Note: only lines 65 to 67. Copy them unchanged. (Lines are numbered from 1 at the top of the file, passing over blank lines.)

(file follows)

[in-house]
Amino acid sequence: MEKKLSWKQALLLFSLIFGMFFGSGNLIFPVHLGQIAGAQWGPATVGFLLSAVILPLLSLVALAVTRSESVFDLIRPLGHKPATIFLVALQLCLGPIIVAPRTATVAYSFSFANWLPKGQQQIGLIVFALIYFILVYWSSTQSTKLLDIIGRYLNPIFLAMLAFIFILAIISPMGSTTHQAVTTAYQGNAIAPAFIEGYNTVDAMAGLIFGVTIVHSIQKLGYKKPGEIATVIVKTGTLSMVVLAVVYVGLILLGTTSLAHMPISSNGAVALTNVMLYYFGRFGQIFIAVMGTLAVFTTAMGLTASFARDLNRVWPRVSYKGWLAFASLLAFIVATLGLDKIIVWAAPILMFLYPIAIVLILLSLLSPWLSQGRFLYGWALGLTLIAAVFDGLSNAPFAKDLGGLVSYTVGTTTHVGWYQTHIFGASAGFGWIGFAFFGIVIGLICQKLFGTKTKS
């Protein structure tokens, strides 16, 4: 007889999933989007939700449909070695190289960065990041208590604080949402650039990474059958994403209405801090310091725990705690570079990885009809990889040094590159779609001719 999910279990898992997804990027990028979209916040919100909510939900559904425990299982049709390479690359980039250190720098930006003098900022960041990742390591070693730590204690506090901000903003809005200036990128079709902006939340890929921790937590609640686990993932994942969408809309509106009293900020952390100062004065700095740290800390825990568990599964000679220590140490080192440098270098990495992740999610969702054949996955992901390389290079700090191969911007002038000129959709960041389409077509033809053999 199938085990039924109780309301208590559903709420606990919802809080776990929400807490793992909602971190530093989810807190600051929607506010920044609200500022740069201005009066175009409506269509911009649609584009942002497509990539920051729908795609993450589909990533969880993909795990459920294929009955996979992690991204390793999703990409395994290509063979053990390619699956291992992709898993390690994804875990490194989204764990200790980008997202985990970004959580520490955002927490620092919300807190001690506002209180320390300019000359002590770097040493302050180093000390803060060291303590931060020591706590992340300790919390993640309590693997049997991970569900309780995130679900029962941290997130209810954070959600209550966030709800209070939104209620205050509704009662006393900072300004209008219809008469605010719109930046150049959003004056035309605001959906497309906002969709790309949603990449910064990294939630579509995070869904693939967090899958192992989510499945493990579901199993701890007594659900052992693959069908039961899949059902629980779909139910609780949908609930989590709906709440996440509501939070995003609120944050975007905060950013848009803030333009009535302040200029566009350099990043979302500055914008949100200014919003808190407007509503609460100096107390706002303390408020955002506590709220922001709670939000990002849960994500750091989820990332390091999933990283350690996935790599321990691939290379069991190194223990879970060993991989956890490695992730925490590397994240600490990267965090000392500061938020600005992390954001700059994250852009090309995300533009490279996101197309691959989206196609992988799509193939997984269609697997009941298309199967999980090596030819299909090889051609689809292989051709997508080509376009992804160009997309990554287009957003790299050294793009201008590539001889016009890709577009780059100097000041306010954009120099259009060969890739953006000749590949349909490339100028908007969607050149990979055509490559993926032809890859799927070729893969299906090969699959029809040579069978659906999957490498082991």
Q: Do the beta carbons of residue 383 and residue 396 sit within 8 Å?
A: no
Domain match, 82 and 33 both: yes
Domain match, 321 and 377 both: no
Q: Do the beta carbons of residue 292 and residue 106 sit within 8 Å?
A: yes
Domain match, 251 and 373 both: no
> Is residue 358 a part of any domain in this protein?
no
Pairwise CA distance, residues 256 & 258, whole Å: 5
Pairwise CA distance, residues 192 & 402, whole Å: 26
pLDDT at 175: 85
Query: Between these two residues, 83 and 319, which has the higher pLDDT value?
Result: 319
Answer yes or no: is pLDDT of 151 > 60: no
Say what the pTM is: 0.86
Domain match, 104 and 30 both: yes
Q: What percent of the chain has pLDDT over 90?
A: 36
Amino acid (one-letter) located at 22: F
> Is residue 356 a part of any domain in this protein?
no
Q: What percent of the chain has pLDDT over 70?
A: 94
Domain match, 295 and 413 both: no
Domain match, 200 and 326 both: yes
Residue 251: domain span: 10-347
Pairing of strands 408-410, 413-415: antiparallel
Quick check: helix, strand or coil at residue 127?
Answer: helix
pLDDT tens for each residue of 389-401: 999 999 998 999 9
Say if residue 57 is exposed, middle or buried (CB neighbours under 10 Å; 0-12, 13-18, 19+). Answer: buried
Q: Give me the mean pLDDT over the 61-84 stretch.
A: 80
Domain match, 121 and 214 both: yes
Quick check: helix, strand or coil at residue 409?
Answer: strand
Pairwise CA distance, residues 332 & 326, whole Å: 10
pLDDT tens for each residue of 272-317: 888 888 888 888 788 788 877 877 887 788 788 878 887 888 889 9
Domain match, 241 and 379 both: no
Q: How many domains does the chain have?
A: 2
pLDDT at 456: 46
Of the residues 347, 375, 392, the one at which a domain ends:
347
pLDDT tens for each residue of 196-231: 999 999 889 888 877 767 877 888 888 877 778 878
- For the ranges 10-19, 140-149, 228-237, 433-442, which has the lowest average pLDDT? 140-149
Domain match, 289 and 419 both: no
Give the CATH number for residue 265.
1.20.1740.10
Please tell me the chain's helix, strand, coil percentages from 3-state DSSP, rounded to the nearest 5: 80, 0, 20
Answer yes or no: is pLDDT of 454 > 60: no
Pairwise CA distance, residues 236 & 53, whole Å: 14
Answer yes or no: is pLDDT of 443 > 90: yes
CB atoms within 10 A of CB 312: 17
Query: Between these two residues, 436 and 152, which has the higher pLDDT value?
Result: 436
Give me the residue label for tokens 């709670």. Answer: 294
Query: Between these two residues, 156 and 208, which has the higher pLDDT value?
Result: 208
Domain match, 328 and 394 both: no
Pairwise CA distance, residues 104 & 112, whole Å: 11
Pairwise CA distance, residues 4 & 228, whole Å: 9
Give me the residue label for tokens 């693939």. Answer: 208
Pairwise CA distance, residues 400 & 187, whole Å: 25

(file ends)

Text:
Pairwise CA distance, residues 104 & 112, whole Å: 11
Pairwise CA distance, residues 4 & 228, whole Å: 9
Give me the residue label for tokens 């693939």. Answer: 208